“You can't take me there.”
“Whyever not,” Kate asked. “It's our contingency location.”
He shook his head and looked out the window. Let him sit in silence, then. He'd answer her wife eventually.
They stopped twice for food, which Maglor was oddly restrained about eating until he'd explained they'd had him on a full liquid diet. Late in the afternoon, Maglor finally said, “I am the Betrayer. I ruined everyone's lives; I put them at risk of worse things; I revealed Aman's existence.”
Kate glanced over, as she was driving. “Maglor, why did we have the contingency plans in place?”
“So that if this happened, we could run.”
“If it happened to anyone. People may blame you if they're assholes, but this was not something you deliberately set out to do.”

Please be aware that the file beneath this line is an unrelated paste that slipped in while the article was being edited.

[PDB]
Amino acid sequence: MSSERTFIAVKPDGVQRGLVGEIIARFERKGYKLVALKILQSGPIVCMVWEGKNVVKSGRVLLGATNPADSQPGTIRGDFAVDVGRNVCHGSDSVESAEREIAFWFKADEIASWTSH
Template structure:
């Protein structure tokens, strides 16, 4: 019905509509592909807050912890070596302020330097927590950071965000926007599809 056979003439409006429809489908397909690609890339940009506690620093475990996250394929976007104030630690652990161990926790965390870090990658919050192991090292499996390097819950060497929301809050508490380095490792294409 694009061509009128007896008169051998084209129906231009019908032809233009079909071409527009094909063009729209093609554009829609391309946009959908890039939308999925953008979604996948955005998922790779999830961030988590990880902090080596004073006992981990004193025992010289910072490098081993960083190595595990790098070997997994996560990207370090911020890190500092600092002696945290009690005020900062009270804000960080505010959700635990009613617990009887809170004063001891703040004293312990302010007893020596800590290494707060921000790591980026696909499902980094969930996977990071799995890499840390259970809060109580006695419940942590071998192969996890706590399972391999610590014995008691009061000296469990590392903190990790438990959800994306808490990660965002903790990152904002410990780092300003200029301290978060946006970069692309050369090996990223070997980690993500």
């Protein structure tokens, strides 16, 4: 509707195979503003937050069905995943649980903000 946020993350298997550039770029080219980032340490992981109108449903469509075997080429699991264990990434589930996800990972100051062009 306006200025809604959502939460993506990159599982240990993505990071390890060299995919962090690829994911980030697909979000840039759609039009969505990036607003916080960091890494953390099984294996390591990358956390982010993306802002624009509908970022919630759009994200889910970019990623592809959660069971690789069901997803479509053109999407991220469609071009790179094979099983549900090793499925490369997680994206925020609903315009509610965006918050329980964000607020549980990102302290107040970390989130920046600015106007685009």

“I know when I will be unwelcome. Drive me to safety and leave me behind. I cannot risk you more.”
“More?” Subira said.
He flinched. “They know you're Elves.”
“We thought they would figure it out,” Kate said quietly.
Subira said, “How did they learn about Aman and about us?”
Maglor turned his head to look at the passing wheat fields. “They had a truth serum. They learned who and what I was in the first five minutes.”
Subira snorted. “No wonder you thought they knew enough to know they shouldn't hold you. Were they aware you're a murderer?”
“The questioners were familiar with Tolkien's books.”
“Then they're idiots. How did you escape?”
He twisted to look at her, wearing a smirk. “Music, how else?” He slumped back in his seat. “No one died.”
“Are you upset about that?” Kate asked cautiously.
“No,” Maglor whispered. “They were monsters, but… No.”
“How did they treat you,” Subira said.